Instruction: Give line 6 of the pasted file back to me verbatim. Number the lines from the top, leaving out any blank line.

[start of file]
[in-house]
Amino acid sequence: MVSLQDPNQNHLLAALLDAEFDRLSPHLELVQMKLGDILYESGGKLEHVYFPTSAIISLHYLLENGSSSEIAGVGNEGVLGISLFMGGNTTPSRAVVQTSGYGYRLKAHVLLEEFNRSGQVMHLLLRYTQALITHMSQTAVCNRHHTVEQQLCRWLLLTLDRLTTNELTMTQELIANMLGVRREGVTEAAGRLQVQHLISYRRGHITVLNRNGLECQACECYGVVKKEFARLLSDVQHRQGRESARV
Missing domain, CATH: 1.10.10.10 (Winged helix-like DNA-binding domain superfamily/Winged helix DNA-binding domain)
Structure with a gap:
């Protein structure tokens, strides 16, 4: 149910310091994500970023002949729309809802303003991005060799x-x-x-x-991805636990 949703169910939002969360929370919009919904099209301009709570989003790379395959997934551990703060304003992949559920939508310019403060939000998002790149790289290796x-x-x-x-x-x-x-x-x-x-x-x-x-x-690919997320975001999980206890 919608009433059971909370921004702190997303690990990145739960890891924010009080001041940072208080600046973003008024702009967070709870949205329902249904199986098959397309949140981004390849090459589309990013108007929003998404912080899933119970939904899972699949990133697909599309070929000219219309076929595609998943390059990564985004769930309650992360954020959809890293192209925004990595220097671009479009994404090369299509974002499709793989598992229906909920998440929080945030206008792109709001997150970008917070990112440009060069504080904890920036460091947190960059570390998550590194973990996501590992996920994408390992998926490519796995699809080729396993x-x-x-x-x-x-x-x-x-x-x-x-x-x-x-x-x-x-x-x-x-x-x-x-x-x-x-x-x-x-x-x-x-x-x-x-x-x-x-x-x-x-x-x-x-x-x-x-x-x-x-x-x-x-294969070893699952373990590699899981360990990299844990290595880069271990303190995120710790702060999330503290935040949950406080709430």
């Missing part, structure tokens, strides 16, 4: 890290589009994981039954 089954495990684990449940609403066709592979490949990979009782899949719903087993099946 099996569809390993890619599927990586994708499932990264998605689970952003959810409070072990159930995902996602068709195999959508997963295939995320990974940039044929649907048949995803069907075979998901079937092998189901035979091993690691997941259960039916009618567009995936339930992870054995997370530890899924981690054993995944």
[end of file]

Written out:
């Missing part, structure tokens, strides 16, 4: 890290589009994981039954 089954495990684990449940609403066709592979490949990979009782899949719903087993099946 099996569809390993890619599927990586994708499932990264998605689970952003959810409070072990159930995902996602068709195999959508997963295939995320990974940039044929649907048949995803069907075979998901079937092998189901035979091993690691997941259960039916009618567009995936339930992870054995997370530890899924981690054993995944």